As for the sponsors, it seems that they’re not bothered in the least when it comes to funding calypso’s agonizing fall from grace. Notwithstanding the fact that many of them have resorted to having their sponsorship comprise more “kind” than “cash”, the tent managers’ marketing skills seem to work best with them. Be that as it may, it seems ripe a time that sponsors start demanding value for money. Continuous sponsorship of calypso shows should be contingent on an increasingly better product and not good dollars going to waste just because of a traditional relationship. In any event, sponsors need to recognize that patrons are also shortchanged when they expect the best and get way less.

2015 calypso monarch, Walleigh, performing his song, "koudmen", at this year's calypso monarch final. [Photo: Stan Bishop]
2015 calypso monarch, Walleigh, performing his song, “koudmen”, at this year’s calypso monarch final. [Photo: Stan Bishop]
The past calypso season has been a tough one financially for the calypso tents, no doubt. There are still outstanding balances to be paid and with the absence of a government subvention to prop up the tents, expect calypsonians to receive letters expressing a shortfall in revenue at the tent level. That sort of thing comes with the job, many calypsonians have told me. But the shows must go on, right?

With all these challenges being faced by calypso, it seems only prudent that an independent audit be done into the affairs of that industry. That $30,000 shows are still being hosted at a loss befuddles me to the extent that I, too, think it lucrative enough to start my own calypso tent. Not that I am insinuating that there is any un-kosher-like behaviour involved in the management of calypso. However, such findings might just provide great insight and reasons why funding an activity that realizes less returns than expenditure continues to be something sponsors are so delighted to jump at and managers undertake.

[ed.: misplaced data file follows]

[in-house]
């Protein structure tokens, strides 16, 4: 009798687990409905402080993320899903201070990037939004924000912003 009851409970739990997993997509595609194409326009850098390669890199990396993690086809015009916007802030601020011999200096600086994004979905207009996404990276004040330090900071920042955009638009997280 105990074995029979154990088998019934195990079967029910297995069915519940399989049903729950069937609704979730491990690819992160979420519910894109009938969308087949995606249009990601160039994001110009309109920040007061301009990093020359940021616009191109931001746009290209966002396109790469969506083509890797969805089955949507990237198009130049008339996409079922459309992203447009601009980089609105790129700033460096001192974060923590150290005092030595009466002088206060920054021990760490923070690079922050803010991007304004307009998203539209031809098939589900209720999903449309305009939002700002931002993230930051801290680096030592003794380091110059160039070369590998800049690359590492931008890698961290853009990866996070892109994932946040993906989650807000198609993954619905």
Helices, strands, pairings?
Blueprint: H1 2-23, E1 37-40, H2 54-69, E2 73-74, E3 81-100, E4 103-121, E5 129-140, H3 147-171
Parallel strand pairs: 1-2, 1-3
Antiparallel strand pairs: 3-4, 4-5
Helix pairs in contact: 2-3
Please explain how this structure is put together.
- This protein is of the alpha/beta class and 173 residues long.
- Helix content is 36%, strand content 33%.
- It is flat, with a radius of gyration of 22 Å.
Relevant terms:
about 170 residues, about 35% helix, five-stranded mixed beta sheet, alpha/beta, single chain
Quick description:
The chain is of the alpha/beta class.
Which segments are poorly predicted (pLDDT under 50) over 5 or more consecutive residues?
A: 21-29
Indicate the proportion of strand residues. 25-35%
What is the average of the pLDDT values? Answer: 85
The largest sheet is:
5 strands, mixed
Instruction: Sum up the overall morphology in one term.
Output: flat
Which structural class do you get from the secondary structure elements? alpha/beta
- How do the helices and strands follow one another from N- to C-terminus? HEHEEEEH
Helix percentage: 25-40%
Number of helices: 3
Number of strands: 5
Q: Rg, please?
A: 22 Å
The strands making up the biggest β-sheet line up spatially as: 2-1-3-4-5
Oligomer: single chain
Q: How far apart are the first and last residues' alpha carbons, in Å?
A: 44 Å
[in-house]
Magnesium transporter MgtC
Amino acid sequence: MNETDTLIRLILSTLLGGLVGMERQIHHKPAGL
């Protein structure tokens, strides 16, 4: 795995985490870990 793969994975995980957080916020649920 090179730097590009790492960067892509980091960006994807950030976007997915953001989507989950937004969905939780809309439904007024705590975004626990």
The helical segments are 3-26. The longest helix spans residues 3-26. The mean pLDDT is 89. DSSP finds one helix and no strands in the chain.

As an ardent music lover, calypso is dear to my heart. However, if being castigated for calling for the standards in the industry to improve makes me an enemy of the art-form, then so be it. While a student of the St. Lucia School of Music some years ago, I had to live through the constructive criticisms that came from my teachers. Those critiques were not meant to belittle my efforts but instead help me understand that if I’m going to do something, then do it right. One would expect that those managing the affairs of calypso accept their shortcomings and come better next year.

Walleigh’s winning songs this year, “Koudmain” and “Robots”, were no doubt the right picks for the judges. But I also applaud first runner-up Q-Pid, second runner-up Invader and third runner-up Ready for coming through with masterful pieces despite a lackluster season. But I must also mention Ti-Carro, Dennis James and Ashanti for, like the aforementioned four calypsonians, giving me reasons to have hope in calypso. They sang some insightful messages and I got them all.

In closing, my wish is that START conducts a general review of the past season immediately and start making the necessary preparations for next season which should realistically begin now. Too many late-starts are contributing to a poor product and we need to correct that anomaly. It’s about time we start a real koudmain for calypso and not just continue being robots doing the same thing over and over. If you asked me, that’s just plain madness. But since when has it been my role to tell people who have been running these calypso shows for grandfather years now what to do, right?

Stan Bishop began his career in journalism in March 2008 writing freelance for The VOICE newspaper for six weeks before being hired as a part-time journalist there when one of the company’s journalists was overseas on assignment.

Although he was initially told that the job would last only two weeks, he was able to demonstrate such high quality work that the company offered him a permanent job before that fortnight was over. Read full bio...